Family members of John Riggins and Sabrina Gonsalves expressed confidence Friday that Richard Joseph Hirschfield will be convicted of murder by the jury that has now heard all the evidence and arguments in his murder trial and will begin deliberations Monday.
"I can't conceive of the jury coming back with any other but guilty verdicts," Riggins' father, Dr. Richard Riggins, said after Sacramento Superior Court Judge Michael W. Sweet sent the jury out at the completion of the opposing attorneys' closing arguments.
Ginger Swigart, Sabrina Gonsalves' aunt, concurred.
"It's in the jury's hands now," Swigart said. "I'm so confident they're going to find Hirschfield guilty. I just feel it in every part of me."
Hirschfield, 63, is accused in the Dec. 20, 1980, abduction and slashing deaths of Riggins and Gonsalves, both of whom were 18 when they were kidnapped and killed after working on The Davis Children's Nutcracker.
Their bodies were found two days later, but Hirschfield wasn't charged until 2004, after a cold DNA hit matched his genetic profile to the fluids found on a semen-stained blanket in a van the victims had been driving on the night of their disappearance.
Although the judge sent out the jury late Friday afternoon, the attorneys who battled to the end of the two-month trial still needed to work out one final stipulation on the evidence. It will be presented to the jury Monday morning before the panel begins to work on a verdict.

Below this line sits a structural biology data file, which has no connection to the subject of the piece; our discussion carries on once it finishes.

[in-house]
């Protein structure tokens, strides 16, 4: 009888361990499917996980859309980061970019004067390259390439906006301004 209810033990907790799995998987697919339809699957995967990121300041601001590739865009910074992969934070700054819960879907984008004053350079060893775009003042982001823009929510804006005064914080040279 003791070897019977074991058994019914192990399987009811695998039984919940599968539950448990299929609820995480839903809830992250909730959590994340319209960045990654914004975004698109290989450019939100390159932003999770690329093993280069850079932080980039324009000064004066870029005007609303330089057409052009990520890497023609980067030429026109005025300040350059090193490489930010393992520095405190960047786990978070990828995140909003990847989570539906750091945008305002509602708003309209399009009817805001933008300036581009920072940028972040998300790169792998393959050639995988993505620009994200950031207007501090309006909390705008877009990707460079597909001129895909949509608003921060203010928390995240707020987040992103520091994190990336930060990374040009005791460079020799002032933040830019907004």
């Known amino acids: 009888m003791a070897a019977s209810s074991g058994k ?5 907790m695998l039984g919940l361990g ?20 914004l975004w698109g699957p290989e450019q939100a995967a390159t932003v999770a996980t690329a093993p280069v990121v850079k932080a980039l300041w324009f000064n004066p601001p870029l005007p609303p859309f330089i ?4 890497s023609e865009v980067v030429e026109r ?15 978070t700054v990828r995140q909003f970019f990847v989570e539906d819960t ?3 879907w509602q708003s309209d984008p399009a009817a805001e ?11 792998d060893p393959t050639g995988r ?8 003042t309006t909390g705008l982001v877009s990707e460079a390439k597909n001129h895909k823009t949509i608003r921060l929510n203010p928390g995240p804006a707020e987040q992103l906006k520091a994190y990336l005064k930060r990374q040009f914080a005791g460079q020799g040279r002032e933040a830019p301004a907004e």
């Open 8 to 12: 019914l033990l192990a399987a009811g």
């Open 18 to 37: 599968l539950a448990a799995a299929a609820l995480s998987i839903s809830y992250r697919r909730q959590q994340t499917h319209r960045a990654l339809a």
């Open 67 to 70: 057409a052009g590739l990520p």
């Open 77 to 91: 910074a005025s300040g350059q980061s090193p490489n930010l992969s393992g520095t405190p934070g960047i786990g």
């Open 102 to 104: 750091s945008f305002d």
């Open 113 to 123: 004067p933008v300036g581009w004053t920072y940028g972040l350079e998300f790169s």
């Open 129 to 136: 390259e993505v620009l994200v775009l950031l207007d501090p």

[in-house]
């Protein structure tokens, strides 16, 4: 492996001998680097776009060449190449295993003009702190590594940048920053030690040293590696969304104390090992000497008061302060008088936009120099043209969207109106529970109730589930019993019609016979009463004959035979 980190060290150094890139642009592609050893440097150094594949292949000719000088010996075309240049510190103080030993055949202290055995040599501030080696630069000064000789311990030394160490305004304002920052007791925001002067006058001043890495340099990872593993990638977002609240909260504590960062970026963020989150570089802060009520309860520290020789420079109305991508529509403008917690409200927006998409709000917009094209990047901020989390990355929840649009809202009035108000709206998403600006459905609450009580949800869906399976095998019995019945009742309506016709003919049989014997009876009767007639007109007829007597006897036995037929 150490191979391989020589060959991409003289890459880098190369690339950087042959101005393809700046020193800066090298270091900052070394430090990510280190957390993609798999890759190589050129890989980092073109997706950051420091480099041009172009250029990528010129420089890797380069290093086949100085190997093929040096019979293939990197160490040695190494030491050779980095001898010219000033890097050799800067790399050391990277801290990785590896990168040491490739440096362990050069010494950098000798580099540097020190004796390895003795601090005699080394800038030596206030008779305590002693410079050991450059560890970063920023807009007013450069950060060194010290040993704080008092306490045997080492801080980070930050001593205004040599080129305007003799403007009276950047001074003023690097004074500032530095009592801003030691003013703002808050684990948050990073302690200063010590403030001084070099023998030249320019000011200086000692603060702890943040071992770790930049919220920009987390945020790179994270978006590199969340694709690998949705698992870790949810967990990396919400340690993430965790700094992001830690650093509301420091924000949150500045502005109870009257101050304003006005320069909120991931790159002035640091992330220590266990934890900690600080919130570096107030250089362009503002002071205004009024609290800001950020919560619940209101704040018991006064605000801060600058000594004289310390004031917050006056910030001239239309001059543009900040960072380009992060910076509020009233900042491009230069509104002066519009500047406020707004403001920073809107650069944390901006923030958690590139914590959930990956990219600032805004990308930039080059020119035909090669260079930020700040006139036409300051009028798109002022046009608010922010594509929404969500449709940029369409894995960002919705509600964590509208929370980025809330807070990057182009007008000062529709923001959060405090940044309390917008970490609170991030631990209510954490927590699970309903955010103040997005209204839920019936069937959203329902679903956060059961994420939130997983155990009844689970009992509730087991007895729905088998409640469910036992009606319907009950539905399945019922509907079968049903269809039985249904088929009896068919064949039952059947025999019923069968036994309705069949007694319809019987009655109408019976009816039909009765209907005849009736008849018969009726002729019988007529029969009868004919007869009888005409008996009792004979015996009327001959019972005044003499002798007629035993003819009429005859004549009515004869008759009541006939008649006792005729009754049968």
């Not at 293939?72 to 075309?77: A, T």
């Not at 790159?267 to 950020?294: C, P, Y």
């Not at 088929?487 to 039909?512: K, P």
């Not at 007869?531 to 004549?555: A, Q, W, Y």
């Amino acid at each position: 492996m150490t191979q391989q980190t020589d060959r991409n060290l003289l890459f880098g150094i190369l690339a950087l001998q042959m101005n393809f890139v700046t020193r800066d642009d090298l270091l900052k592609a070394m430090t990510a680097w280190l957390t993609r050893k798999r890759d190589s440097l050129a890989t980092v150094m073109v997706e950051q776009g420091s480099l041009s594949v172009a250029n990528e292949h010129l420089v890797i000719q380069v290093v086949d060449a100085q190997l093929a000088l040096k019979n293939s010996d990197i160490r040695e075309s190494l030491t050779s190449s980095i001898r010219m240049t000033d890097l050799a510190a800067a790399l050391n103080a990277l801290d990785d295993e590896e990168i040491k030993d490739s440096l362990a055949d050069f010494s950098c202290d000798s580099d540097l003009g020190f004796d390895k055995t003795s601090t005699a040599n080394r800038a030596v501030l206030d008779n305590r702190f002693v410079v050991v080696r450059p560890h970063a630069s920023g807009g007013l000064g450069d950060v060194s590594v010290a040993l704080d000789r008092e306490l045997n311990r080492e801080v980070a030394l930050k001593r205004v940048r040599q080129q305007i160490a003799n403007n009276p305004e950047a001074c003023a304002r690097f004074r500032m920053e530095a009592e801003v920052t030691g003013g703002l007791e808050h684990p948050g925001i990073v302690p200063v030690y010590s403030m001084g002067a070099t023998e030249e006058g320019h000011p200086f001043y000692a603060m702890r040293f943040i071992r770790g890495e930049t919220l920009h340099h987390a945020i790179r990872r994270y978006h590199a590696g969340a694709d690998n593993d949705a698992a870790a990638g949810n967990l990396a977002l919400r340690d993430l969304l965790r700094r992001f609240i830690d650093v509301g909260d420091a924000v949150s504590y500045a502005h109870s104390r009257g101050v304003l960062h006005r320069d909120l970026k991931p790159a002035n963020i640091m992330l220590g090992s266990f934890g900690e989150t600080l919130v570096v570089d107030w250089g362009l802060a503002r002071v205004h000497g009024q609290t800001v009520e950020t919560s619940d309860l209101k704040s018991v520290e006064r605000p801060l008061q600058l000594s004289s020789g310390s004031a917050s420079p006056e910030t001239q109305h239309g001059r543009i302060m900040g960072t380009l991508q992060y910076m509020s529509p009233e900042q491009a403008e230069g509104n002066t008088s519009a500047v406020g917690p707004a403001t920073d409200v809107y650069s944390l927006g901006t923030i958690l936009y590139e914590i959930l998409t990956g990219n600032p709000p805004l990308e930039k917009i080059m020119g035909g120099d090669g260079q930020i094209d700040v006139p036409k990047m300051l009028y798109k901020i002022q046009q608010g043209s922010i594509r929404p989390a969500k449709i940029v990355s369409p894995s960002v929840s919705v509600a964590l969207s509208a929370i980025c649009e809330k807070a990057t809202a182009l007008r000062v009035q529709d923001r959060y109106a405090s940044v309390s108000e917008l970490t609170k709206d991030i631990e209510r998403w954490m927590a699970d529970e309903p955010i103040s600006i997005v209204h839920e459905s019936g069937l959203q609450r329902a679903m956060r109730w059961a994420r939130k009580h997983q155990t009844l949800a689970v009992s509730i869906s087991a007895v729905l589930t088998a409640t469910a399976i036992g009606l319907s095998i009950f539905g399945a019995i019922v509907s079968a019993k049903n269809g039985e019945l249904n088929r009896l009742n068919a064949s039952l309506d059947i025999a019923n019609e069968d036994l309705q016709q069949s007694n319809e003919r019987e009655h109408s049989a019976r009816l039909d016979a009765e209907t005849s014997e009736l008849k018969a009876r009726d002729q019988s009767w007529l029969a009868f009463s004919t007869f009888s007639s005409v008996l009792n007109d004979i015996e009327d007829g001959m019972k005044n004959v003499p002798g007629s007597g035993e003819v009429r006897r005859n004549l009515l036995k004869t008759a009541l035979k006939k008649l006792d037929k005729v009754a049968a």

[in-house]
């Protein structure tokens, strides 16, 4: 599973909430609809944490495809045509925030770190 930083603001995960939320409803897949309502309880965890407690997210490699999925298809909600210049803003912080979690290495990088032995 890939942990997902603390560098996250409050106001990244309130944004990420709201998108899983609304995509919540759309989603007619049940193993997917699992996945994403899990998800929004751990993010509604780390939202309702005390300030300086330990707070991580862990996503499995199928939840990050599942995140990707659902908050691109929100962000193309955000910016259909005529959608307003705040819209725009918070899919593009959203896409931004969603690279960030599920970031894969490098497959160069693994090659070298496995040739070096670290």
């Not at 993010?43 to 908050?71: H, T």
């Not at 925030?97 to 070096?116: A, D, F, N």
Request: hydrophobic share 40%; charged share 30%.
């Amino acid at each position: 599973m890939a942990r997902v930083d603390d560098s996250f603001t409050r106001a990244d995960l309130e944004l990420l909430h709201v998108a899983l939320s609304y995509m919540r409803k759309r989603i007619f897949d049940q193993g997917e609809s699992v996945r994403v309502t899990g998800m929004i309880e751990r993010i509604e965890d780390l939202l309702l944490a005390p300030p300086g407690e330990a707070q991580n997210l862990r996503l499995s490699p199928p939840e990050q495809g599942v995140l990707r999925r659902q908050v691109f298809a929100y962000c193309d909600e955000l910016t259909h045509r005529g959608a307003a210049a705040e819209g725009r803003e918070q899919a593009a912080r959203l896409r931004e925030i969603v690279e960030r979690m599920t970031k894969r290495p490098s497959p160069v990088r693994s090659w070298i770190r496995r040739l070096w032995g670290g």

"Now we wait," said Gonsalves' sister, Andrea Rosenstein.
Defense attorney Linda Parisi asked for a mistrial on several grounds Friday after Deputy District Attorney Dawn Bladet concluded her rebuttal argument.
Parisi said Bladet's final remarks ventured into areas of evidence that were never introduced at trial. Bladet denied anything about her rebuttal was improper, and Sweet denied Parisi's motion.
"The trial has been quite difficult," Parisi said in an interview outside the courtroom. "There have been a lot of events that have occurred in pretrial motions and in the trial itself that we think significantly impacted the case and significantly impacted our ability to present a full and fair defense."
"They have leaned over backward to protect his rights," Riggins said. "But the facts are so obvious, even to a lay person like myself, and they were so eloquently argued and presented by Dawn."
Riggins said of the nearly 32 years that have elapsed since the slayings of his son and Sabrina Gonsalves, "It's been long and it's been painful. It's been very hard to live it all over again."
The case went cold in the weeks after the discovery of the bodies in a ditch 30 miles from Davis, near Lake Natoma. Yolo County prosecutors arrested and charged four other suspects, but that case was dismissed when DNA evidence excluded them. It later matched up with Hirschfield, who was by then in prison on a child molestation case in Washington state.
Hirschfield's conviction in Washington, however, has since been overturned in the federal appellate courts on grounds that he was improperly denied a request to represent himself in trial.